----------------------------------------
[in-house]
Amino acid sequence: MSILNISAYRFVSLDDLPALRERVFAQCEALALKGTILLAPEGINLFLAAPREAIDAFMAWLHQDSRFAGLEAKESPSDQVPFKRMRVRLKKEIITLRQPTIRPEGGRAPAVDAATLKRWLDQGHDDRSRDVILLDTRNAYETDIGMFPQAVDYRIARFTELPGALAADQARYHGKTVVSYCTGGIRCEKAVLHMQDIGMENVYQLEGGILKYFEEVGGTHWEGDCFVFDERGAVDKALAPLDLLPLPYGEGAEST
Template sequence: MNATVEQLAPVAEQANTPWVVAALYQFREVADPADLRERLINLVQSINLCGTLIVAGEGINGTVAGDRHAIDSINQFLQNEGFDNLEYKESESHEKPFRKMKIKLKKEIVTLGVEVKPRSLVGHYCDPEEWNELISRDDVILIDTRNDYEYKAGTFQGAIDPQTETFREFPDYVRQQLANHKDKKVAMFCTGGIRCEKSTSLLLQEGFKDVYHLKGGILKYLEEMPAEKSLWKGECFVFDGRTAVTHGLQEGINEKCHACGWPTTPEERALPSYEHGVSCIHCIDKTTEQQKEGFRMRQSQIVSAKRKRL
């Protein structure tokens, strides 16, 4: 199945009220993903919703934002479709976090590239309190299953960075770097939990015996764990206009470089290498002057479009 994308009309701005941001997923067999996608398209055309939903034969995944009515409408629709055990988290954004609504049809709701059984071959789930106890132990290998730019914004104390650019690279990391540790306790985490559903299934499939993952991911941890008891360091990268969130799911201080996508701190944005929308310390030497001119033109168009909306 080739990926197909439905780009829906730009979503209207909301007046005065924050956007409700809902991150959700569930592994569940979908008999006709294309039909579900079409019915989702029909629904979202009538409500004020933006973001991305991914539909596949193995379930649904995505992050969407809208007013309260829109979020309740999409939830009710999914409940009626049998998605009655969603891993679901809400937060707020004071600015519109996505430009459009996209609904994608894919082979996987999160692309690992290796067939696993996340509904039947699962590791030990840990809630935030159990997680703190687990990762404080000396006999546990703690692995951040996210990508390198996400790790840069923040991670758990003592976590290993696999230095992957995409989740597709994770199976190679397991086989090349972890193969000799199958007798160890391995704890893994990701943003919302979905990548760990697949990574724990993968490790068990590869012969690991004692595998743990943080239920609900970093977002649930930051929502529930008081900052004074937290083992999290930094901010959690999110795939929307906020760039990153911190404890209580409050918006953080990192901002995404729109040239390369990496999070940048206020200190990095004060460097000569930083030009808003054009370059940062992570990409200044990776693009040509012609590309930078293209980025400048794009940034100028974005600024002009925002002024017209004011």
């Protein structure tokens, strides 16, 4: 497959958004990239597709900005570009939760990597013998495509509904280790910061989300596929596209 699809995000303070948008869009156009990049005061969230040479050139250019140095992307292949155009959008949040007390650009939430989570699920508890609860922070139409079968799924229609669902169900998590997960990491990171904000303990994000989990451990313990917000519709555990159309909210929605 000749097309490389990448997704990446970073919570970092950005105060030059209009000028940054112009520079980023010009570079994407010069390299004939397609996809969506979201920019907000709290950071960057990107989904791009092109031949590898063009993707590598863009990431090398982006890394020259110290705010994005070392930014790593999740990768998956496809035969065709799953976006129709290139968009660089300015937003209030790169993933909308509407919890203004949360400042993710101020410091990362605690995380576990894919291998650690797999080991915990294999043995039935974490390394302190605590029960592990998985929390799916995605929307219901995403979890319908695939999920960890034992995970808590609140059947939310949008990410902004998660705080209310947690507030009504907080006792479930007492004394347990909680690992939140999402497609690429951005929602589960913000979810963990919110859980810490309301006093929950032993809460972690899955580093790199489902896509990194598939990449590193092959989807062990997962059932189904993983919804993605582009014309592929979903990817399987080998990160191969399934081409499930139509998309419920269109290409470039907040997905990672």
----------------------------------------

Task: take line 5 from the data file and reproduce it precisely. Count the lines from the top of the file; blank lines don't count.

């Protein structure tokens, strides 16, 4: 497959958004990239597709900005570009939760990597013998495509509904280790910061989300596929596209 699809995000303070948008869009156009990049005061969230040479050139250019140095992307292949155009959008949040007390650009939430989570699920508890609860922070139409079968799924229609669902169900998590997960990491990171904000303990994000989990451990313990917000519709555990159309909210929605 000749097309490389990448997704990446970073919570970092950005105060030059209009000028940054112009520079980023010009570079994407010069390299004939397609996809969506979201920019907000709290950071960057990107989904791009092109031949590898063009993707590598863009990431090398982006890394020259110290705010994005070392930014790593999740990768998956496809035969065709799953976006129709290139968009660089300015937003209030790169993933909308509407919890203004949360400042993710101020410091990362605690995380576990894919291998650690797999080991915990294999043995039935974490390394302190605590029960592990998985929390799916995605929307219901995403979890319908695939999920960890034992995970808590609140059947939310949008990410902004998660705080209310947690507030009504907080006792479930007492004394347990909680690992939140999402497609690429951005929602589960913000979810963990919110859980810490309301006093929950032993809460972690899955580093790199489902896509990194598939990449590193092959989807062990997962059932189904993983919804993605582009014309592929979903990817399987080998990160191969399934081409499930139509998309419920269109290409470039907040997905990672």